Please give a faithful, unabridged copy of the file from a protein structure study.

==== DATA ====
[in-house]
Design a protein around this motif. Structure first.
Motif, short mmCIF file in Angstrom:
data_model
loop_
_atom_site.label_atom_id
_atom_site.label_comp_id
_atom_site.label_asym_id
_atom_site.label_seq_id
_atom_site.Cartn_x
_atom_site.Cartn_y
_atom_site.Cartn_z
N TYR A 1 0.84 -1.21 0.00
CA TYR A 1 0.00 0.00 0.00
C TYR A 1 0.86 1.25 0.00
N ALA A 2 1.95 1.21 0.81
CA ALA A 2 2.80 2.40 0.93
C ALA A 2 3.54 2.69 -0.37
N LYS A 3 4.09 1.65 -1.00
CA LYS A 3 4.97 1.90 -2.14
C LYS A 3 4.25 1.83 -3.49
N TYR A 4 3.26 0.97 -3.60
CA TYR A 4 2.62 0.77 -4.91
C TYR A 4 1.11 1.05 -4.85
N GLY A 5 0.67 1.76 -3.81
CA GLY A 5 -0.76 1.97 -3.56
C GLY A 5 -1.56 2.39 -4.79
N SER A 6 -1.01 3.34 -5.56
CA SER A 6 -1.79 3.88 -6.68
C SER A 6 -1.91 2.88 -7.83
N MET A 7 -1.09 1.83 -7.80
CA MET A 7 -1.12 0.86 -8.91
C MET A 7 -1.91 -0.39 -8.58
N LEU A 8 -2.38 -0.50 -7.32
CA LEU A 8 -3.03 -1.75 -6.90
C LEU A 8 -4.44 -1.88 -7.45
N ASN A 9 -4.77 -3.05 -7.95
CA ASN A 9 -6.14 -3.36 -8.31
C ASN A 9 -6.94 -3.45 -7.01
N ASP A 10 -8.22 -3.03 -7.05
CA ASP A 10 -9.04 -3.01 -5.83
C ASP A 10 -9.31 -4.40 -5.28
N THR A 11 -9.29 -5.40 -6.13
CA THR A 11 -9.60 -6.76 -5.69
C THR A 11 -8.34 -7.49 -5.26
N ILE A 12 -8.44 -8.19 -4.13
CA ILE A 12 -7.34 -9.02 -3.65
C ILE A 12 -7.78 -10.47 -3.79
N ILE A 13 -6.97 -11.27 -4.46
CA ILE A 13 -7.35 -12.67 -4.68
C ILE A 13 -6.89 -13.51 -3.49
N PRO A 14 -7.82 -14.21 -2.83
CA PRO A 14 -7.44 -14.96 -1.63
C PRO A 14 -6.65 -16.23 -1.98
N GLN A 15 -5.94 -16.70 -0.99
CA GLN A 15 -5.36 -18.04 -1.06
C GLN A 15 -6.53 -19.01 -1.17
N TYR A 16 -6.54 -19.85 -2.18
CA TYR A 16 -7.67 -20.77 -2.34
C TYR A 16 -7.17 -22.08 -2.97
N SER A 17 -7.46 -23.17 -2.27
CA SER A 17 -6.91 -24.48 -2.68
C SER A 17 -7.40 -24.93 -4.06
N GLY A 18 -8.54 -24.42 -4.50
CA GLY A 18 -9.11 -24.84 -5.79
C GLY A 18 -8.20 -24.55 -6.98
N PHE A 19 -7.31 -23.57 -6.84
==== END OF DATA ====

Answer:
[in-house]
Design a protein around this motif. Structure first.
Motif, short mmCIF file in Angstrom:
data_model
loop_
_atom_site.label_atom_id
_atom_site.label_comp_id
_atom_site.label_asym_id
_atom_site.label_seq_id
_atom_site.Cartn_x
_atom_site.Cartn_y
_atom_site.Cartn_z
N TYR A 1 0.84 -1.21 0.00
CA TYR A 1 0.00 0.00 0.00
C TYR A 1 0.86 1.25 0.00
N ALA A 2 1.95 1.21 0.81
CA ALA A 2 2.80 2.40 0.93
C ALA A 2 3.54 2.69 -0.37
N LYS A 3 4.09 1.65 -1.00
CA LYS A 3 4.97 1.90 -2.14
C LYS A 3 4.25 1.83 -3.49
N TYR A 4 3.26 0.97 -3.60
CA TYR A 4 2.62 0.77 -4.91
C TYR A 4 1.11 1.05 -4.85
N GLY A 5 0.67 1.76 -3.81
CA GLY A 5 -0.76 1.97 -3.56
C GLY A 5 -1.56 2.39 -4.79
N SER A 6 -1.01 3.34 -5.56
CA SER A 6 -1.79 3.88 -6.68
C SER A 6 -1.91 2.88 -7.83
N MET A 7 -1.09 1.83 -7.80
CA MET A 7 -1.12 0.86 -8.91
C MET A 7 -1.91 -0.39 -8.58
N LEU A 8 -2.38 -0.50 -7.32
CA LEU A 8 -3.03 -1.75 -6.90
C LEU A 8 -4.44 -1.88 -7.45
N ASN A 9 -4.77 -3.05 -7.95
CA ASN A 9 -6.14 -3.36 -8.31
C ASN A 9 -6.94 -3.45 -7.01
N ASP A 10 -8.22 -3.03 -7.05
CA ASP A 10 -9.04 -3.01 -5.83
C ASP A 10 -9.31 -4.40 -5.28
N THR A 11 -9.29 -5.40 -6.13
CA THR A 11 -9.60 -6.76 -5.69
C THR A 11 -8.34 -7.49 -5.26
N ILE A 12 -8.44 -8.19 -4.13
CA ILE A 12 -7.34 -9.02 -3.65
C ILE A 12 -7.78 -10.47 -3.79
N ILE A 13 -6.97 -11.27 -4.46
CA ILE A 13 -7.35 -12.67 -4.68
C ILE A 13 -6.89 -13.51 -3.49
N PRO A 14 -7.82 -14.21 -2.83
CA PRO A 14 -7.44 -14.96 -1.63
C PRO A 14 -6.65 -16.23 -1.98
N GLN A 15 -5.94 -16.70 -0.99
CA GLN A 15 -5.36 -18.04 -1.06
C GLN A 15 -6.53 -19.01 -1.17
N TYR A 16 -6.54 -19.85 -2.18
CA TYR A 16 -7.67 -20.77 -2.34
C TYR A 16 -7.17 -22.08 -2.97
N SER A 17 -7.46 -23.17 -2.27
CA SER A 17 -6.91 -24.48 -2.68
C SER A 17 -7.40 -24.93 -4.06
N GLY A 18 -8.54 -24.42 -4.50
CA GLY A 18 -9.11 -24.84 -5.79
C GLY A 18 -8.20 -24.55 -6.98
N PHE A 19 -7.31 -23.57 -6.84